The confidence, and perhaps even the swagger, are (one feels) less those of the Blacks than those of Professor Rogers.  He is able, from slender evidence, and from evidence which is assembled by the authorities and opponents of the Blacks, to pronounce with assurance upon the objectives, motivations, organization and moral worth of these elusive men.  Although I think that I have shown some of the critical economic and social tensions aroused in the forests, I cannot share Roger’s confidence  (p. 193)….I must apologize to Professor Rogers for hanging these lengthy reflections upon the hook of his article… (p. 195)

Apology or no, the exchange echoes with the clashing of rhetorical swords in the conference arena!   He circles for another joust, but this time with other Marxist historians,  in his final chapter where he makes  an 11-page defence of the concept of the “rule of law” as an “unqualified human good” .  This chapter was written, Dorothy Thompson told Daniel H. Cole for his 2001 article, as an afterword:

While conducting research for this essay, I contacted Thompson’s widow Dorothy- an renowned historian in her own right- to enquire about possible sources for her late husband’s epiphanic conversion to the Rule of Law.  I received in reply a brief letter in which she sheds some light on the subject. E. P. Thompson returned to complete Whigs and Hunters after he finished co-editing with ‘fellow historians in the Marxist tradition’ Douglas Hay, Peter Linebaugh, John G. Rule, and Cal Winslow  Albion’s Fatal Tree: Crime and Society in Eighteenth Century England.  According to Dorothy Thompson, his collaboration on that work left him deeply pessimistic about the role of law in society.  She engaged him in a ‘very heated discussion’, during which she suggested that ‘he was leaning too far in the direction taken by some of the contributors to Albion’s Fatal Tree in dismissing the law simply as an instrument of class power.  He took time to re-think the question and added the famous afterword to W and H‘. (Cole, 2001, p 183).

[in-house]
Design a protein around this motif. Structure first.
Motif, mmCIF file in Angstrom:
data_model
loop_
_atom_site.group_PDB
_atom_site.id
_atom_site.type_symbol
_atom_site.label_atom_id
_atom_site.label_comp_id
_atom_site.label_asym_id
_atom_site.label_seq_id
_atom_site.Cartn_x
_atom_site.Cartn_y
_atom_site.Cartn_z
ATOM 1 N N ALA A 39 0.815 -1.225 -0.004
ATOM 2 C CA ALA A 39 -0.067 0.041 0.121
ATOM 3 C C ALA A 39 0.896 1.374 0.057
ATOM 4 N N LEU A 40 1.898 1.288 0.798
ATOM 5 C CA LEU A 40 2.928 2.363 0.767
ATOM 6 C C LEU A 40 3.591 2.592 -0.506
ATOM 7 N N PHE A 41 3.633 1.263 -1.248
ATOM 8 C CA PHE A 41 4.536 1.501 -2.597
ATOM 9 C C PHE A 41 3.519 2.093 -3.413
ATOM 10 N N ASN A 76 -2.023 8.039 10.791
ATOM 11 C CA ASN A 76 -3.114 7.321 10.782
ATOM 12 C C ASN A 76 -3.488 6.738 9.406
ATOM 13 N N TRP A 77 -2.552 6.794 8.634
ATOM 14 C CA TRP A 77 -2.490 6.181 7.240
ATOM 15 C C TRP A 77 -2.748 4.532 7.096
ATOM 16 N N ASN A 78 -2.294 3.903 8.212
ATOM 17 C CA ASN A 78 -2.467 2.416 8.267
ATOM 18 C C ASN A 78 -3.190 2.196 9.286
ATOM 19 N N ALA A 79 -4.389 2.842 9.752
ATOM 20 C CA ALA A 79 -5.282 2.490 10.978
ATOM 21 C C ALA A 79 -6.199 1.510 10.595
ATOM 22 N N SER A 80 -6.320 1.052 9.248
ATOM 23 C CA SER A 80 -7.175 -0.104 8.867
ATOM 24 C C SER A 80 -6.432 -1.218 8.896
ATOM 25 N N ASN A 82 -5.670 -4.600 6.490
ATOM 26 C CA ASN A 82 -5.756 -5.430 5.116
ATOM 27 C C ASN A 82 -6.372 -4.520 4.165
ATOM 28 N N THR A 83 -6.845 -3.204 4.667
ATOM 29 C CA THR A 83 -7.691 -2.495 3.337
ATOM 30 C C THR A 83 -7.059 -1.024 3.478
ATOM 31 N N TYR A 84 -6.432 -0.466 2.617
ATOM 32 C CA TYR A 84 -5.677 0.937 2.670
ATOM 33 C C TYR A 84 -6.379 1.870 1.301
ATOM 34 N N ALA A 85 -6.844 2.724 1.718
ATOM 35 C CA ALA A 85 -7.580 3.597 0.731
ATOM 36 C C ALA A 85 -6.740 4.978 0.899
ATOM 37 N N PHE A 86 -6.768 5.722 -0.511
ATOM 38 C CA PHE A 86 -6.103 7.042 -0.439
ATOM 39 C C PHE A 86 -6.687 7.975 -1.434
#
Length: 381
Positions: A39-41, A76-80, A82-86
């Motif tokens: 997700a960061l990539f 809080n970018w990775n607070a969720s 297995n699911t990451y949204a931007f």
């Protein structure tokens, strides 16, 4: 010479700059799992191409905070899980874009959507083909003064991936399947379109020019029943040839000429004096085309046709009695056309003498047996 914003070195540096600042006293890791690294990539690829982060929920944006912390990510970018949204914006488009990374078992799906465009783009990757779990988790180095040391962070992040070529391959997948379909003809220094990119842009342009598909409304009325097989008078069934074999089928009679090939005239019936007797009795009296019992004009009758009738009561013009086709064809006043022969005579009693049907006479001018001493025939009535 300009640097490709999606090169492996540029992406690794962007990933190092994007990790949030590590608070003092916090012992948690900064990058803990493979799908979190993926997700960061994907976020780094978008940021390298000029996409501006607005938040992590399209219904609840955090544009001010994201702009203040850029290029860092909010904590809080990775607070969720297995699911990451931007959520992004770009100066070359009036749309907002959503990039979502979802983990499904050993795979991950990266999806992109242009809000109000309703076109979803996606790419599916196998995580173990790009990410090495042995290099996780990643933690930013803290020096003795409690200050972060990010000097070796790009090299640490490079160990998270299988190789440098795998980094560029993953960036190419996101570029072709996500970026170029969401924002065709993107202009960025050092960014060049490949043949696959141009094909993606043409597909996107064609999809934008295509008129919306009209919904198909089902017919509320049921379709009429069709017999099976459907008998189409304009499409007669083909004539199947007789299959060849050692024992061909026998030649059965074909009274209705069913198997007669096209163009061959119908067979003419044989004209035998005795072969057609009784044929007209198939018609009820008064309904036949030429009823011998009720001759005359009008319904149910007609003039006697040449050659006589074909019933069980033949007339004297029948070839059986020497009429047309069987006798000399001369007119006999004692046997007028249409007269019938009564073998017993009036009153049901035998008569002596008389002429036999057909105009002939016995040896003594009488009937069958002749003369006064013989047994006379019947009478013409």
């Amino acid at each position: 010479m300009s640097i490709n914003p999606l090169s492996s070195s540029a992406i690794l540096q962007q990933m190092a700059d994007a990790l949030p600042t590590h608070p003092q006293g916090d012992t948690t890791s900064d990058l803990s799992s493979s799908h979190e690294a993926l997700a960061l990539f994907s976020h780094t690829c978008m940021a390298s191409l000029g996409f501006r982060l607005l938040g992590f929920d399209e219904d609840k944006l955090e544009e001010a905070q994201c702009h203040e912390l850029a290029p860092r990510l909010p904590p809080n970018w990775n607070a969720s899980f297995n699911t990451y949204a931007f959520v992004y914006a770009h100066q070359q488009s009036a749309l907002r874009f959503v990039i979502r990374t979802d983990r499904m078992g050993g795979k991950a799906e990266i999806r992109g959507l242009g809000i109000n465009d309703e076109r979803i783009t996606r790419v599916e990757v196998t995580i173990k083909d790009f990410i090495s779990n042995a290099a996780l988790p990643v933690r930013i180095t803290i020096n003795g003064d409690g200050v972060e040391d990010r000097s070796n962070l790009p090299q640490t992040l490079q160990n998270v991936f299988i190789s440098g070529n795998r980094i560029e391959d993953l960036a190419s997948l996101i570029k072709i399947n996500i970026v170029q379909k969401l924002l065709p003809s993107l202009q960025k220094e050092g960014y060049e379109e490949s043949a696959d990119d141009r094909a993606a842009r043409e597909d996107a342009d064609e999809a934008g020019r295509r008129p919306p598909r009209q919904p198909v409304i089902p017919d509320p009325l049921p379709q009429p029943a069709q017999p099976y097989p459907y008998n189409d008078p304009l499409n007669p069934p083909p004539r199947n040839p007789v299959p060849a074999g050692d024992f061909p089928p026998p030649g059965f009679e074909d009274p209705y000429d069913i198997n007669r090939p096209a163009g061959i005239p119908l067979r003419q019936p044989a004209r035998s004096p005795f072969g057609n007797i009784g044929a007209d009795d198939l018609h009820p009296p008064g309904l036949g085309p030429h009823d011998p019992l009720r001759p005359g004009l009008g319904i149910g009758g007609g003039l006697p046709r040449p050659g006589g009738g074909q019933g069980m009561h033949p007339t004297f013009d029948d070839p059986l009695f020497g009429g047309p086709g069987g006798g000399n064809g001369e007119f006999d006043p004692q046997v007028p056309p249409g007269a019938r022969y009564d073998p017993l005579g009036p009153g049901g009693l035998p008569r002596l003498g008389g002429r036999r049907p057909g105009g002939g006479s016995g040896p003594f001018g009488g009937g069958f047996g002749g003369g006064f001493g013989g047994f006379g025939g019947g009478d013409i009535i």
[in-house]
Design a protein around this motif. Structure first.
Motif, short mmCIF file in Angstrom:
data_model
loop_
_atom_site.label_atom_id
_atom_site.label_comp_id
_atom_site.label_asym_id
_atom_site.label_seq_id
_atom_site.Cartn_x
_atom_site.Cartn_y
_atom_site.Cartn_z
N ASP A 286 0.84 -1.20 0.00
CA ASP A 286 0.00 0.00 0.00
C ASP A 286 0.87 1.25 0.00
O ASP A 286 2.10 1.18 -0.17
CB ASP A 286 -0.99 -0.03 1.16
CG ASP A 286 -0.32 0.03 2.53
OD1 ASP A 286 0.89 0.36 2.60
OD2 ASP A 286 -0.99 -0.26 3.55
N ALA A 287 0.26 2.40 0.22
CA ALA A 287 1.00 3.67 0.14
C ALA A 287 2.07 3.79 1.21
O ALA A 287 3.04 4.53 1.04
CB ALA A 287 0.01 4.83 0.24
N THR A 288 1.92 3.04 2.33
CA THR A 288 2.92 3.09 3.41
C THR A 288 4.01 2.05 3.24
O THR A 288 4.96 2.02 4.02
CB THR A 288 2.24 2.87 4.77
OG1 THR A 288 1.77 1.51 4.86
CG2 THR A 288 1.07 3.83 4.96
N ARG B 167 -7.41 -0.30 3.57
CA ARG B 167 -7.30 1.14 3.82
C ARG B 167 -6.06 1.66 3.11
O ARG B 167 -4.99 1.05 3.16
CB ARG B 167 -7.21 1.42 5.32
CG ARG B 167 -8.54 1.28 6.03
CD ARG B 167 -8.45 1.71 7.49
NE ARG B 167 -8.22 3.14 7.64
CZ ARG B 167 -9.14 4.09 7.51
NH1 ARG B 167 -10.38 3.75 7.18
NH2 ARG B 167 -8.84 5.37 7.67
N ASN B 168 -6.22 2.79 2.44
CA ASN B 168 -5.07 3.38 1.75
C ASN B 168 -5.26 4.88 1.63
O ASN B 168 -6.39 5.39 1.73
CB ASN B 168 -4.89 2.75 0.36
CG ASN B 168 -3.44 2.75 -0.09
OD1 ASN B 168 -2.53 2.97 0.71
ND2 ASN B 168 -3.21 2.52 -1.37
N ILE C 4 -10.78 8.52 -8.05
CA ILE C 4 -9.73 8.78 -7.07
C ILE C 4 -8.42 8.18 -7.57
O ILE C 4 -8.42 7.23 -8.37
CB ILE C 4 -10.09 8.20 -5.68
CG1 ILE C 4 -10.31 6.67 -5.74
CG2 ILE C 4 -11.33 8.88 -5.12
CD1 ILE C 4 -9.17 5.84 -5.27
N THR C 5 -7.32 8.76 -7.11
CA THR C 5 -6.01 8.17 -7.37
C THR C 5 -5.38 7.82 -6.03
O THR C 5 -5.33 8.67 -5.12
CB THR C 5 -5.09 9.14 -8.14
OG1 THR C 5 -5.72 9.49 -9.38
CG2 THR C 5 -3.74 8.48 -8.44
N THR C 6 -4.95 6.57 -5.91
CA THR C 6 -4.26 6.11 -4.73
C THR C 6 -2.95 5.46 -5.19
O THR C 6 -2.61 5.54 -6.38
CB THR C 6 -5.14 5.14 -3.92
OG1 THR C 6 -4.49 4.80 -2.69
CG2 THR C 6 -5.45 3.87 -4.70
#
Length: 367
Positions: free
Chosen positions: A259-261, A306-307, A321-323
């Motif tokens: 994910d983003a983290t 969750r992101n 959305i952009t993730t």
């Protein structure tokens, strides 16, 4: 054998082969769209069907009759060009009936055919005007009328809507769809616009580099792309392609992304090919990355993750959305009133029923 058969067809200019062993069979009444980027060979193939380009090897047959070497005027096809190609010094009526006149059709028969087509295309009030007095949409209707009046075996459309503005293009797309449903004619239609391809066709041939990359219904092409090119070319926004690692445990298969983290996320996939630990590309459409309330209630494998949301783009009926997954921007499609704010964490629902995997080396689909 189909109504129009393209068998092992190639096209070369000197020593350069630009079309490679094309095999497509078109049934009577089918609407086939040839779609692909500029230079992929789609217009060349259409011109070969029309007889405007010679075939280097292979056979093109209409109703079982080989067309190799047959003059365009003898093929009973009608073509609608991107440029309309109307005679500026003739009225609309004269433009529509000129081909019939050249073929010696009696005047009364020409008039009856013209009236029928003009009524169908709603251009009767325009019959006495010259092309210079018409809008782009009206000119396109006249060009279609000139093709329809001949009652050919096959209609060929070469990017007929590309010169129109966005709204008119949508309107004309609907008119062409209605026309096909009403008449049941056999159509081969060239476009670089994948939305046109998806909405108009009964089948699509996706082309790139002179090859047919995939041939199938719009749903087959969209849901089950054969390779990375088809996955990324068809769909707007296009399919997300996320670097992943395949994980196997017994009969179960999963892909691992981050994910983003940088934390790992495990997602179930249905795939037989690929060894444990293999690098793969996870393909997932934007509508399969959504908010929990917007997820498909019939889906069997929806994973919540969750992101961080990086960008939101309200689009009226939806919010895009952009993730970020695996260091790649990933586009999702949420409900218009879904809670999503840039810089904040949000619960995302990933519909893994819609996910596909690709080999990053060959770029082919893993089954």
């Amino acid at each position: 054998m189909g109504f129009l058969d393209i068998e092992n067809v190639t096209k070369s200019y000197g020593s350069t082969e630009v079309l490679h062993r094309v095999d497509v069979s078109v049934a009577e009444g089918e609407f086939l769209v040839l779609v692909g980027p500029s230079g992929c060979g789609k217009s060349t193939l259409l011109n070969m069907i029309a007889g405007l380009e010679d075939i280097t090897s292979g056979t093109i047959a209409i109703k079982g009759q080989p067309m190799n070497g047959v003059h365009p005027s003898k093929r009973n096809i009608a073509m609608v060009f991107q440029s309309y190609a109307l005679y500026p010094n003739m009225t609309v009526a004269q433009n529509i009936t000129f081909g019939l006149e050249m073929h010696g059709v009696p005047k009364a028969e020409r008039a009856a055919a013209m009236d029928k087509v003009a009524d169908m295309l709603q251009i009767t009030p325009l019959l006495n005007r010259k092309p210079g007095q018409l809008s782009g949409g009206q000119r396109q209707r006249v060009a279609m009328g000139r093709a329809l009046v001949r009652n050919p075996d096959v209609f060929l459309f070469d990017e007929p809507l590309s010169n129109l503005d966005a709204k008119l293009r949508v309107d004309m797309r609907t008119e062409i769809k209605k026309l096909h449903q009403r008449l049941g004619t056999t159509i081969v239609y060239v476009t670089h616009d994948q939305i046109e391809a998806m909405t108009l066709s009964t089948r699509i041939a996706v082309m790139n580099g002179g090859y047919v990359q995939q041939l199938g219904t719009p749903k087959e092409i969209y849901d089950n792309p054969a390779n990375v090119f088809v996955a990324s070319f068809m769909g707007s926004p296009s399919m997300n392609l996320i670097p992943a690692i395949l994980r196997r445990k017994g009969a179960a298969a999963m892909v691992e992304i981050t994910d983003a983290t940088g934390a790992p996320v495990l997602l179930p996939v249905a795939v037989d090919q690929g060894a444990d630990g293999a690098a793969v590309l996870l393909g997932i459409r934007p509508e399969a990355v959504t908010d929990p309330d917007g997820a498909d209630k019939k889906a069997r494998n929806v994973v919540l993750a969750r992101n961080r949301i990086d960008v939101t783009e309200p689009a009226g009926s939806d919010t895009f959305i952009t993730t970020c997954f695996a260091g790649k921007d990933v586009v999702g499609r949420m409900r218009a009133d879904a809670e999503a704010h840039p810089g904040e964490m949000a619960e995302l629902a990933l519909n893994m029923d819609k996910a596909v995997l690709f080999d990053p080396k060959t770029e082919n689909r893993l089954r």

And some afterword it is.  It’s a completely different chapter in focus, voice and intent- and it’s the most heavily underlined chapter in the copy I borrowed from the library.  Thomson writes:

We might be wise to end here. But since readers of this study may be provoked to some general reflections upon the law and upon British traditions, perhaps we may allow ourselves the same indulgence (p. 258).

But, he asks,  is this emphasis on British tradition merely  a form of narcissism or parochialism?

Alternative perspectives must diminish the complacency of national historical preoccupation. If we see Britain within the perspective of the expansion of European capitalism, then the contest over interior rights and laws will be dwarfed when set beside the exterior record of slave-trading, of the East India Company, of commercial and military imperialism.  Or, to take up a bright new conservative perspective, the story of a few lost common rights and of a few deer-stealers strung from the gallows is a paltry affair when set beside the accounts of mass repression of almost any day in the day-book of the twentieth century.  Did a few foresters get a rough handling from partisan laws?  What is that beside the norms of the Third Reich? Did the villagers of Winkfield lose access to the peat within Swinley Rails? What is that beside the liquidation of the kulaks? (p. 259)